September 5, 2012
Abilities!, a network of non-profit organizations providing a lifespan of services that educate, employ and empower people with disabilities, announced it is now operating under the name The Viscardi Center. Founded in 1952 by Dr. Henry Viscardi, Jr., The Viscardi Center provides Pre-K through High School education, school-to-work transition services, vocational training, career counseling and placement and workforce diversification assistance to children, adolescents, and adults with disabilities and businesses.
“This name embodies who we are and pays tribute to Dr. Viscardi’s unique vision and the legacy he has created,” said John D. Kemp, president and CEO of The Viscardi Center, who has personal disability experience and uses four prostheses. “After I first met Dr. Viscardi at age nine, he re-affirmed for my Dad that I could live a very fulfilling life as a congenital quadruple amputee wearing prostheses; that, not only could I – but why shouldn’t I – be expected to work, be self-sufficient and productive, have a career and a family. He was living proof, a powerful force that touched not only my life, but literally millions of people with disabilities around the world, demonstrating that we can live life to its fullest, just like everyone else.”
Dr. Henry Viscardi, Jr. who himself wore prosthetic legs, became one of the world’s leading advocates for people with disabilities and served as disability advisor to eight presidents, from Franklin D. Roosevelt to Jimmy Carter. Initially founded to show that disabled veterans from World War II and the Korean War had the skills and abilities to be successful, productive employees, it provided assembly and factory work for several industry giants and was the first U.S. business to be staffed primarily by people with disabilities. Services were expanded in the early 1960s to include vocational training and job placement for all people with disabilities. In 1962, Dr. Viscardi established an accredited, independent school giving children with severe physical disabilities the opportunity for an education in a more traditional setting – one that had not previously been available to them. His efforts helped inspire legislation such as the Individuals with Disabilities Education Act (IDEA) of 1975 and the Americans With Disabilities Act (ADA) of 1990 that protects the rights of children and adults with disabilities.
The change comes during a year when the organization is celebrating three distinct milestones. While the overall organization was founded 60 years ago, its school celebrates 50 years of educating children with disabilities and Dr. Viscardi was remembered on what would have been his 100th birthday this past May.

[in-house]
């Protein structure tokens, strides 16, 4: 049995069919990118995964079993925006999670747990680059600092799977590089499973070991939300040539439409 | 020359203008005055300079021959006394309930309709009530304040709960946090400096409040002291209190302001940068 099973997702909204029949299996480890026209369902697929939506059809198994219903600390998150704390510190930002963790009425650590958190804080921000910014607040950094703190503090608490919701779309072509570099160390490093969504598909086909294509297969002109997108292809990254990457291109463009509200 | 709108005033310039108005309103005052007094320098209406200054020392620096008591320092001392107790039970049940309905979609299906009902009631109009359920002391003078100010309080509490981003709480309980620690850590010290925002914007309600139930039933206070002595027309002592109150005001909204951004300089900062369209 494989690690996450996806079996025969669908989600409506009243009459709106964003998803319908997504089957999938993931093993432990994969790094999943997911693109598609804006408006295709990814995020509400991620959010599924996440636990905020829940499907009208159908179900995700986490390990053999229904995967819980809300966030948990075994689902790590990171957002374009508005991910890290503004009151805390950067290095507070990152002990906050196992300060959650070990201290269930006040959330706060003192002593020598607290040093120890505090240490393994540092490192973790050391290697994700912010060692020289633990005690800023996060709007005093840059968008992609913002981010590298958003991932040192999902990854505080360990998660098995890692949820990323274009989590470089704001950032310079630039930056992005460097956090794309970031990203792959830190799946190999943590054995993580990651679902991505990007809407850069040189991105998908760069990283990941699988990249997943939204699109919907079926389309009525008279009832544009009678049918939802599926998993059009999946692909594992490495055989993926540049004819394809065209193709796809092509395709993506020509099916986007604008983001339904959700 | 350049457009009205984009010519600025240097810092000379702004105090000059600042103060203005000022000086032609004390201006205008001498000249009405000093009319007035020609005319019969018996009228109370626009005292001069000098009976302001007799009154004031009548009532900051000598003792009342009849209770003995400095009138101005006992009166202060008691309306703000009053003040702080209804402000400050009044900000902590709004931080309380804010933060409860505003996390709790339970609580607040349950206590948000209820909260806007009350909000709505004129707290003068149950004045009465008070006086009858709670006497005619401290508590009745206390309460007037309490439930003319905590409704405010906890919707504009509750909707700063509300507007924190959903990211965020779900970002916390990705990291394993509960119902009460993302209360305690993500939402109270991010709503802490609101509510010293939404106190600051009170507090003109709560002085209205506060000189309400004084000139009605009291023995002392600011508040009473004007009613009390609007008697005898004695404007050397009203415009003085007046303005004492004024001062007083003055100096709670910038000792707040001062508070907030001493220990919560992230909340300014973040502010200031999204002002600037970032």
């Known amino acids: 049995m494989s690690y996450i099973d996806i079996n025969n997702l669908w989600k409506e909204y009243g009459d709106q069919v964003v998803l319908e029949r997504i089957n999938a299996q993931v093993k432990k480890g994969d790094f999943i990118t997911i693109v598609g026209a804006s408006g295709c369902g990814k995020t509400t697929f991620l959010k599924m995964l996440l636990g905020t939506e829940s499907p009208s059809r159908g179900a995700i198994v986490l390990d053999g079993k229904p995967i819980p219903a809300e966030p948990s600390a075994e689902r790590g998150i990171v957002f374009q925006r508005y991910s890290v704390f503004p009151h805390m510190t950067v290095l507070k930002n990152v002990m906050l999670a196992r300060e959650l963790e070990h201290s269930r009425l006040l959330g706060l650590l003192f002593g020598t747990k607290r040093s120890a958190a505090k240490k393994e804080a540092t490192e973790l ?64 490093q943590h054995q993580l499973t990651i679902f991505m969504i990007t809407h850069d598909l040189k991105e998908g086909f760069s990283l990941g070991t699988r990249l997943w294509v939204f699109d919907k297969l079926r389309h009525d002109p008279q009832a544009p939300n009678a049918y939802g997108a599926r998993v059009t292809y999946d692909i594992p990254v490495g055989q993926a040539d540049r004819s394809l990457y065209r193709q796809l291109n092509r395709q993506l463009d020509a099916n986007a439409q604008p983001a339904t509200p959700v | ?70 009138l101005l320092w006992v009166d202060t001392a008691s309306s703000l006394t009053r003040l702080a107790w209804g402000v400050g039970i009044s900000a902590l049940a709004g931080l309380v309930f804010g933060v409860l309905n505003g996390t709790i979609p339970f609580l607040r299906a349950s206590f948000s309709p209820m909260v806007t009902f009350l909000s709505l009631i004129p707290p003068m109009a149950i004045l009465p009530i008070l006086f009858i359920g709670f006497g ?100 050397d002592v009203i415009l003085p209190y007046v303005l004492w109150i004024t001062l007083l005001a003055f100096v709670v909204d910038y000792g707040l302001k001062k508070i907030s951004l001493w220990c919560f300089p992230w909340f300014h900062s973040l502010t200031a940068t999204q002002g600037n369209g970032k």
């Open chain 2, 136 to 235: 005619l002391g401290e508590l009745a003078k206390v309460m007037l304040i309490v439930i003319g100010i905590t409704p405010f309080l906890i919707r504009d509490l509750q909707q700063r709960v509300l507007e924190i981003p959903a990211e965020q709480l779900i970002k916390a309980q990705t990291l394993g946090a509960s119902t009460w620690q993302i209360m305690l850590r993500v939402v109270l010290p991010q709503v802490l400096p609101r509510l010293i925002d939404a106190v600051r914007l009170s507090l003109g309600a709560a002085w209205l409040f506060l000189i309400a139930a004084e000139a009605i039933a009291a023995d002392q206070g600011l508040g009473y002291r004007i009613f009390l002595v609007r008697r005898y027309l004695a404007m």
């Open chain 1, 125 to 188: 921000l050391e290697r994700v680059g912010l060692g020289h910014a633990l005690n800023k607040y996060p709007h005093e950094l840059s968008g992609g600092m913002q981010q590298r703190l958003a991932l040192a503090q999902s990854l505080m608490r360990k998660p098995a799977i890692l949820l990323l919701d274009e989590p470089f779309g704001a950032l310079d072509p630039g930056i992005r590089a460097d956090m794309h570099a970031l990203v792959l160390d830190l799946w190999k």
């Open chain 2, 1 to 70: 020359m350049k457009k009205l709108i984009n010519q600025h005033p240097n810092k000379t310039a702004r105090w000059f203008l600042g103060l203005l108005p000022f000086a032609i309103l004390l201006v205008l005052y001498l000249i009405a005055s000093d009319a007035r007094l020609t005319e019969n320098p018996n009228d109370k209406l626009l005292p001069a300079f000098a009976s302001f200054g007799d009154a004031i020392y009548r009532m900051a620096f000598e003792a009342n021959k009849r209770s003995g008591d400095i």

Selected after extensive research with key stakeholders, The Viscardi Center name differentiates it within the disability services community that is cluttered with organizational names that reference “abilities” and speaks to the Center’s overall uniqueness – a hub for leading edge approaches to education and employment and pro-active efforts that aim to shape and influence policy changes that will benefit the people it serves. The graphic icon incorporated into the new logo quickly communicates the population it serves and its continued goal to assist people with disabilities to strive for success. The accompanying tagline, “transforming the lives of people with disabilities,” captures the essence of its overall mission to empower individuals to live fully integrated, active and independent lives.
“Together, our new name, logo and tagline create a powerful identity that positions us as a true center of services – a center that focuses on the education and employment of people with disabilities,” adds Kemp. “For when you are educated and employed, that’s when you truly feel empowered.”
The Viscardi Center is comprised of Abilities, Inc., the Henry Viscardi School and the National Business & Disability Council (NBDC). A global leader, it employs more than 300 professionals, including experts in education, human resources and technology. Learn more at viscardicenter.org.